The first water from Lake Nighthorse can now be delivered, following the construction of a pump-assisted pipeline to Lake Durango, where in drought years there can be too little to convert into potable water for homeowners.
Current Lake Durango water users now have a measure of safety and there is sufficient additional water for about 400 more taps, ending a moratorium on growth on that system.
This initial Lake Nighthorse water will be flowing west rather than east, and in a relatively small amount. The reservoir in the Animas La Plata Water Project was designed to flow water back into the Animas River for points downstream, and to Durango as a supplemental water source.
Those who rallied to gain funding for what can be considered an add-on to ALP gathered Wednesday morning for a ribbon cutting at the pipeline’s booster pump location along County Road 210, which overlooks the northwest corner of the reservoir.
Partnerships and perseverance were terms used by the speakers, who represented the Ute Mountain Ute and Southern Ute Indian tribes, the Colorado Water Conservation Board, the Lake Durango Water Authority and the La Plata West Water Authority, the last being the organizing entity which is making west- and southwest-bound domestic water possible.
Funding of about $10 million from both tribes and the state, the Lake Durango Authority and – to a small extent – tap fees made the domestic water project possible.
Inlet construction for the pipeline was in 2009, almost as the Nighthorse reservoir began to fill, and the pipeline was sized to permit domestic water for additional homes on the water-scarce side of the county.
Speakers from the tribes spoke passionately about the importance of water, having lived for generations where there is so little of it.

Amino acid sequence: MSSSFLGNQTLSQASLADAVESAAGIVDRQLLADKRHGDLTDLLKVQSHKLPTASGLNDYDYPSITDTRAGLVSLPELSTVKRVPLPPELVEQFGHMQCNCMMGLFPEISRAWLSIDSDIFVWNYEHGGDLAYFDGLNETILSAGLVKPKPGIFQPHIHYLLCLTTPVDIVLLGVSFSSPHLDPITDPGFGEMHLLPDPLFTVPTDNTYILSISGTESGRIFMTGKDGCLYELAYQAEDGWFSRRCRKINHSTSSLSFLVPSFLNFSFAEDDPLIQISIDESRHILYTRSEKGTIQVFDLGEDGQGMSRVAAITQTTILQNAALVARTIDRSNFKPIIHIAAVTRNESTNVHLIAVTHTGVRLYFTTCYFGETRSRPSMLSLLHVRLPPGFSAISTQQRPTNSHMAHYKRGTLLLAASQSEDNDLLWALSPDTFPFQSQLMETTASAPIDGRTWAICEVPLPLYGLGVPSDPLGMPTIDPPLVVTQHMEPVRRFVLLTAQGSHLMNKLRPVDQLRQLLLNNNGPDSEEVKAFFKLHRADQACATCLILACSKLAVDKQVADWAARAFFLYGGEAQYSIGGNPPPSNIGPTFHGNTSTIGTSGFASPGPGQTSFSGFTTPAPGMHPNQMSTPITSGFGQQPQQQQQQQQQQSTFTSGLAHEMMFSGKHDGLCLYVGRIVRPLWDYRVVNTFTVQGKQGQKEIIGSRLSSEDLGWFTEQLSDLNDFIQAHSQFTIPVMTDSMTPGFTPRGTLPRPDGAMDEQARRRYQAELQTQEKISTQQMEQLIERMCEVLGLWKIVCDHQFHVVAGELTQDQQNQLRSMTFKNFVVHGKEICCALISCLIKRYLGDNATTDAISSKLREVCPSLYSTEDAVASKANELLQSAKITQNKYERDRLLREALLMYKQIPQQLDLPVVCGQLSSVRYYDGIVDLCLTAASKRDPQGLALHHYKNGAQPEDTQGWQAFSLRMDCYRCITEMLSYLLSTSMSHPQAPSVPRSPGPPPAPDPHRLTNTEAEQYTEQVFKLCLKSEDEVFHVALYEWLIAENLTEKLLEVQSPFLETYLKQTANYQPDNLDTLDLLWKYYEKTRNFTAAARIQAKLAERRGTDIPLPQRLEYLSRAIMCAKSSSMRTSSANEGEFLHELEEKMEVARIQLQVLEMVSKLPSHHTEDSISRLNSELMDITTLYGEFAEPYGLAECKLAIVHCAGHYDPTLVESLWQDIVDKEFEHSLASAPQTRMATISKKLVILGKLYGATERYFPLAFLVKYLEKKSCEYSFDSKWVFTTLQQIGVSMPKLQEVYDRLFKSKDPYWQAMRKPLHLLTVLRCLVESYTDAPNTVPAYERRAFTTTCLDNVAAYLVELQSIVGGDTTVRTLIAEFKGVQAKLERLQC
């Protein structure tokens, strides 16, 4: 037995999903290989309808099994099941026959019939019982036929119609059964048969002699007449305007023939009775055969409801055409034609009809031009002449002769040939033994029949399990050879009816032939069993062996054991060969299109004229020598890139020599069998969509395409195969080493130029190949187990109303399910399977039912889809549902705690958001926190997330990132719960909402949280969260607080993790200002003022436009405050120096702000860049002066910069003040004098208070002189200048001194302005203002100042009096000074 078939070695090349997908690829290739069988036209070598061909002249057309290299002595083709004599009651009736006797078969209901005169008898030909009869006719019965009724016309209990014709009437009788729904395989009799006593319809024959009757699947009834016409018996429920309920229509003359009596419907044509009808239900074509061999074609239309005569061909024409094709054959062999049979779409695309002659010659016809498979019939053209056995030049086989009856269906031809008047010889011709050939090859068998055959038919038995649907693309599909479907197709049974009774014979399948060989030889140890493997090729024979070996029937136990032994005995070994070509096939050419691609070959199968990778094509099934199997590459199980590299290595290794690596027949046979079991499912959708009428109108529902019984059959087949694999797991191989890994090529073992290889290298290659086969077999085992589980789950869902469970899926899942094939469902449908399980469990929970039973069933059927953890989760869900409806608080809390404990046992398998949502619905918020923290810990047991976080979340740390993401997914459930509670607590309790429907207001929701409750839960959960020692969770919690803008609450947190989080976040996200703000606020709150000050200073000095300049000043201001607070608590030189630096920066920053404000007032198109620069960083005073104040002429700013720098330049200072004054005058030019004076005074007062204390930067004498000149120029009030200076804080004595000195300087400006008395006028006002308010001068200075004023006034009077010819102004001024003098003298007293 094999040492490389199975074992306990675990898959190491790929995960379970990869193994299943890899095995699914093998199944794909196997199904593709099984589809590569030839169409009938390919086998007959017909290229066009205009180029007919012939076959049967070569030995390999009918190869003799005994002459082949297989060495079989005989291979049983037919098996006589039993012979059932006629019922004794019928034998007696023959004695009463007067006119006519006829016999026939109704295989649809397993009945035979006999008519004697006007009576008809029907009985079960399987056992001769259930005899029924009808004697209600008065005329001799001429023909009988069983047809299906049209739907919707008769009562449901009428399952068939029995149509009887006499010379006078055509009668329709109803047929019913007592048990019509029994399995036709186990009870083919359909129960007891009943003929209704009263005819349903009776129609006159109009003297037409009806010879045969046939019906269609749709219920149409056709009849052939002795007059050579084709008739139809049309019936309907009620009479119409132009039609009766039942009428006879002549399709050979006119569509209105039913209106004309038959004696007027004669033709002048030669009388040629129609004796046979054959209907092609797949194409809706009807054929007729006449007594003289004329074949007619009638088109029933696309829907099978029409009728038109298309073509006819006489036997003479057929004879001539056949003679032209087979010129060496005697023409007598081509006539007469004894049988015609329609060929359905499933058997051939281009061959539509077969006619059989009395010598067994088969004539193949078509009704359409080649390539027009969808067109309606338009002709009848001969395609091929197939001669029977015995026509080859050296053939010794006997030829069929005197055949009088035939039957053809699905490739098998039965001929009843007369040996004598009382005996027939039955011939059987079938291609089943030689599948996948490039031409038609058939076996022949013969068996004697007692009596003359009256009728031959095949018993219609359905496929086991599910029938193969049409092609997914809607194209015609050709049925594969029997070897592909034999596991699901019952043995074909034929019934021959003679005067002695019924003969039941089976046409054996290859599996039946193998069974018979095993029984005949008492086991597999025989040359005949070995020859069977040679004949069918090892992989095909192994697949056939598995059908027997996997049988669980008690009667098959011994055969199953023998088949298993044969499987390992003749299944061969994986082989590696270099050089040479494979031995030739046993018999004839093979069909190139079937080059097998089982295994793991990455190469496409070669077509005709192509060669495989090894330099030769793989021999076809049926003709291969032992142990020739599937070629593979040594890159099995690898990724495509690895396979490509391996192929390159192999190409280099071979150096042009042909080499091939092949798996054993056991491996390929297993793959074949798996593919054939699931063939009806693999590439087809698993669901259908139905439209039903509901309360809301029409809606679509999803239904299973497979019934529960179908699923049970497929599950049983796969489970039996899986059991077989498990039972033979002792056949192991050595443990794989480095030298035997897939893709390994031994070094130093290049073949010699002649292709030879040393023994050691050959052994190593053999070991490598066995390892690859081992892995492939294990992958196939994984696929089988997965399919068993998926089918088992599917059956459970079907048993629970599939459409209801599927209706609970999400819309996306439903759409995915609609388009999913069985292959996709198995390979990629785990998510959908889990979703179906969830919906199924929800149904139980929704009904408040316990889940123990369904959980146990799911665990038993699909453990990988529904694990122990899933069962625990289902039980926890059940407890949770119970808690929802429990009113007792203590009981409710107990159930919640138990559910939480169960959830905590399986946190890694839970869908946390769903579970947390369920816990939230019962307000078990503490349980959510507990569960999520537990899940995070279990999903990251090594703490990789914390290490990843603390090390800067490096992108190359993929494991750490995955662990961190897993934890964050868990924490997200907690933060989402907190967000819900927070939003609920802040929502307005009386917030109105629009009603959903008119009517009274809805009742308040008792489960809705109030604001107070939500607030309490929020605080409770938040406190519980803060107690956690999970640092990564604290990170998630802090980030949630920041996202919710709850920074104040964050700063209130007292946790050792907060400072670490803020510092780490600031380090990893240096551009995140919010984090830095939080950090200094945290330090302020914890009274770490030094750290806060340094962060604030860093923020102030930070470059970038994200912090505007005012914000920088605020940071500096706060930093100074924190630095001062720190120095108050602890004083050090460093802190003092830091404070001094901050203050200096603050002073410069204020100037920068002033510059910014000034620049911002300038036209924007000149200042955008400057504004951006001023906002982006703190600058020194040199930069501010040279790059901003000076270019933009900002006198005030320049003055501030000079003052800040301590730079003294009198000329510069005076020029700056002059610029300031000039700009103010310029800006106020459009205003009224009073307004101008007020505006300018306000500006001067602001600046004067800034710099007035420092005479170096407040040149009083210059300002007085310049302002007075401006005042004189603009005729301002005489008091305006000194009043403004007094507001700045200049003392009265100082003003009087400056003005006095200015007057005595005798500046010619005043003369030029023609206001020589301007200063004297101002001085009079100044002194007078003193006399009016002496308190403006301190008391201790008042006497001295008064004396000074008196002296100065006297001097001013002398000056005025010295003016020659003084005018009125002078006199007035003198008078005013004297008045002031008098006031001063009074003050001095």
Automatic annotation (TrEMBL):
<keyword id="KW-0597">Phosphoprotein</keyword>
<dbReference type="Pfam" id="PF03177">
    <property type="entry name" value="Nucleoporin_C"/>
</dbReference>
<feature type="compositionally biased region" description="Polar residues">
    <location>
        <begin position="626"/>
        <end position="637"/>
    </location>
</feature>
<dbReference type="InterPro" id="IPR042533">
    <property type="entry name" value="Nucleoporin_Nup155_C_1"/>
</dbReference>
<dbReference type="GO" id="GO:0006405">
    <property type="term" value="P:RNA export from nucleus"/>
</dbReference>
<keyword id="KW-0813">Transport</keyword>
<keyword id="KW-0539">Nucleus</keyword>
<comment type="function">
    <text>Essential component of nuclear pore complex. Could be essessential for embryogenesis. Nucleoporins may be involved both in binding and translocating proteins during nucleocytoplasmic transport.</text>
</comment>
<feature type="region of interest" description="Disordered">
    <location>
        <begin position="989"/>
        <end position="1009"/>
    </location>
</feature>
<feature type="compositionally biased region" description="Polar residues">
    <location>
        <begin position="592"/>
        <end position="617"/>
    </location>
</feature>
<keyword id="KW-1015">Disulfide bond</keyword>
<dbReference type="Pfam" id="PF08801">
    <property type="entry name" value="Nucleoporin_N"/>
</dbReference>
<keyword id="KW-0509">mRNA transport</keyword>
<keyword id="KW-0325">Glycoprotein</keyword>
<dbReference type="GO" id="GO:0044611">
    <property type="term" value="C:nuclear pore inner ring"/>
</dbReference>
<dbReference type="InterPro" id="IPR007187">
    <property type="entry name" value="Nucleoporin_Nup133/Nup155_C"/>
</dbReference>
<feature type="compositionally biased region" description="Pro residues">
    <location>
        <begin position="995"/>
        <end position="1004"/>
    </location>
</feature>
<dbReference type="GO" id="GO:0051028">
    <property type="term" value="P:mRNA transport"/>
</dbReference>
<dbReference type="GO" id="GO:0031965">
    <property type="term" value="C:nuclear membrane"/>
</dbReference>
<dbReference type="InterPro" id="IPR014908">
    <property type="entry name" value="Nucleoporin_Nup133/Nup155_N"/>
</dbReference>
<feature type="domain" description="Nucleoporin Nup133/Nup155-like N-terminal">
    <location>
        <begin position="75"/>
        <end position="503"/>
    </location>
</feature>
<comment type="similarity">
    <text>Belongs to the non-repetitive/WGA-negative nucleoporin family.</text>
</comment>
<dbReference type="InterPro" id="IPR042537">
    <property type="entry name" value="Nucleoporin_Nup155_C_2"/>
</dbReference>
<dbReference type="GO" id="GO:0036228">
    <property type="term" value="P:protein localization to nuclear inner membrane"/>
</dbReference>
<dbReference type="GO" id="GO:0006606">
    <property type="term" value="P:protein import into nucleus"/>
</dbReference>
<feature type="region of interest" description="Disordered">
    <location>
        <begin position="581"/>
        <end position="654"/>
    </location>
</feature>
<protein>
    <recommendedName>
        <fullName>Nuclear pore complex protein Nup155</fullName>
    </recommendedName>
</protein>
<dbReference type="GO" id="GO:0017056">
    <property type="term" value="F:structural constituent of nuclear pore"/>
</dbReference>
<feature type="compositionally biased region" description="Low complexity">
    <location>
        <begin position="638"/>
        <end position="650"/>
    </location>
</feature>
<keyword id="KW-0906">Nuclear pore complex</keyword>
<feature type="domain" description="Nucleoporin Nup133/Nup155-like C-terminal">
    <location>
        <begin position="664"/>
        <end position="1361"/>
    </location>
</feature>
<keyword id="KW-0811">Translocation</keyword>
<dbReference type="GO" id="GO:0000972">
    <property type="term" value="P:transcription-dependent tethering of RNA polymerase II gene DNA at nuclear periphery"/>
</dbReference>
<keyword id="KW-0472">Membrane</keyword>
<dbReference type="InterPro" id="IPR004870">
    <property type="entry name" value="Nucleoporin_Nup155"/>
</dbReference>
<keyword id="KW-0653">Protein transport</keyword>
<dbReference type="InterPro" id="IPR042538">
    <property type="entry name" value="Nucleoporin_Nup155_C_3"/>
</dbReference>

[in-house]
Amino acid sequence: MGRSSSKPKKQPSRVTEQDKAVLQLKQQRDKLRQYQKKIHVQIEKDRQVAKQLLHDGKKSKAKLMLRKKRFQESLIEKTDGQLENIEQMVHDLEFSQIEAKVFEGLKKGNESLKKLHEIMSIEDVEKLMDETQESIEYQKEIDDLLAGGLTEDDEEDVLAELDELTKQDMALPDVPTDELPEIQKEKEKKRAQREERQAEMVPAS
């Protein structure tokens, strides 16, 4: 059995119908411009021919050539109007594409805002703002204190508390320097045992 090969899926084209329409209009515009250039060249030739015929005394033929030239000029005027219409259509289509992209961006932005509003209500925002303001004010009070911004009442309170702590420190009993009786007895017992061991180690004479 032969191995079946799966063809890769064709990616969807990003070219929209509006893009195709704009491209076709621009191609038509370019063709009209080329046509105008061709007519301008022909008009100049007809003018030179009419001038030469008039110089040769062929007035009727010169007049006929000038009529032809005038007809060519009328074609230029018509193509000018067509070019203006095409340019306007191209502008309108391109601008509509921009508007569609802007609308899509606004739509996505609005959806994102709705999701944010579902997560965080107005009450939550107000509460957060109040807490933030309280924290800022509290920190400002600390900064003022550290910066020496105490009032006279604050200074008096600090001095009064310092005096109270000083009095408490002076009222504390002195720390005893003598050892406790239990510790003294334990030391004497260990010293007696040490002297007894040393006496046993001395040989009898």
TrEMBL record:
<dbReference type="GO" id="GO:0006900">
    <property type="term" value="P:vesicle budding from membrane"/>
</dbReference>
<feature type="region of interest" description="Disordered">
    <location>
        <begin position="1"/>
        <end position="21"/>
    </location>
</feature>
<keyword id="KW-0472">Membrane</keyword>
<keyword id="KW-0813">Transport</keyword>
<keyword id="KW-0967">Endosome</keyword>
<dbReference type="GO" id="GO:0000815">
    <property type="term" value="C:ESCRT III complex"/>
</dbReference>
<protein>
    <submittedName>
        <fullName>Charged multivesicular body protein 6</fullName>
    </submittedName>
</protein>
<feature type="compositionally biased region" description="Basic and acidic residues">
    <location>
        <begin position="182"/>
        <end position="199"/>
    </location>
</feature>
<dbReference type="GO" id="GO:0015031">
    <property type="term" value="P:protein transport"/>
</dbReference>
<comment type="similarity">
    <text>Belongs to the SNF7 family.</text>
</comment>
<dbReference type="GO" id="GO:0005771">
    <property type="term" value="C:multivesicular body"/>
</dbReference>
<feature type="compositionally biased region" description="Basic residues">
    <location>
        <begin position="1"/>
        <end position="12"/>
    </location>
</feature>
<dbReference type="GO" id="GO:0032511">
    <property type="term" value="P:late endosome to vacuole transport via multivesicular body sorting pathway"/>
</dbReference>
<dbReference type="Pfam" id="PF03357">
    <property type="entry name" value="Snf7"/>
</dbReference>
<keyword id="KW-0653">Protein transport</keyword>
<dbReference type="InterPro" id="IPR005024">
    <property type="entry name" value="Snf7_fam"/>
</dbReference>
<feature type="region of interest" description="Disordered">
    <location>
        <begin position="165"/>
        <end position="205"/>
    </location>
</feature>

Lake Durango will not be drawing water as long as there is adequate water from the La Plata River in its reservoir, but a test of the pipeline a month ago delivered 25 acre feet to Lake Durango with no issues. Now, funding to construct a line to the southwest to reach an additional 200 residences with treated water has been applied for.
The original plans for the Animas La Plata Project were to deliver irrigation water to western La Plata County and to the tribes, which had not received water rights following their treaty with the federal government in 1868. When anticipated costs for the irrigation component soared, the project became mostly a way to satisfy the tribes’ rights. The City of Durango has water in the project, as does northwest New Mexico and the Navajo Nation.
At the ribbon cutting, the names of Fred Kroeger, Sam Maynes and Leonard Burch, former chairman of the Southern Ute Indian Tribe, were recalled. They had advocated tirelessly, in Washington D.C. and locally, for the Animas La Plata Project. They would have been pleased to finally see stored water from the Animas River put to beneficial use.